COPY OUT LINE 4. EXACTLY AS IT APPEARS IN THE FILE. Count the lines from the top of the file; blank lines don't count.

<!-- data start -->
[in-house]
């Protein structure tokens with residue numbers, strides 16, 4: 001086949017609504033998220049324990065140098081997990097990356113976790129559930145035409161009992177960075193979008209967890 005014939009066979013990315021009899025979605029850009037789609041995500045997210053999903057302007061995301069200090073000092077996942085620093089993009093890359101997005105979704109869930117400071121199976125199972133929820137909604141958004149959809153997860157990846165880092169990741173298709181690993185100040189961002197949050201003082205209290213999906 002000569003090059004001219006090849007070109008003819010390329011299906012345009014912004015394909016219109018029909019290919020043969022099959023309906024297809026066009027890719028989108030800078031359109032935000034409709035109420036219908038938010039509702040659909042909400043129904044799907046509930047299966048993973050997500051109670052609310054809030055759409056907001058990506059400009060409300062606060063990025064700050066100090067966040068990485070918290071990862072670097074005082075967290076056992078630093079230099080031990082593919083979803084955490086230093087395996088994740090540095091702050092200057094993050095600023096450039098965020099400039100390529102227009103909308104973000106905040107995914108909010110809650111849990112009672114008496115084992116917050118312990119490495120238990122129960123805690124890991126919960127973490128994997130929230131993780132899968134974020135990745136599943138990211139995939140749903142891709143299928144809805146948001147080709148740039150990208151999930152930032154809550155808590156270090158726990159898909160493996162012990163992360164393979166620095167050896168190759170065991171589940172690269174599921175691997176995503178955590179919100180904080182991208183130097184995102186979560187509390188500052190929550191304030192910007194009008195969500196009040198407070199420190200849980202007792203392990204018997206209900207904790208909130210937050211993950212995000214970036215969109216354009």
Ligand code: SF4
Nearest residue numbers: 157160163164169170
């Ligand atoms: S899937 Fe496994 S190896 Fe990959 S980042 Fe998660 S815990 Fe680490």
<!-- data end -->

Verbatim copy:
Nearest residue numbers: 157160163164169170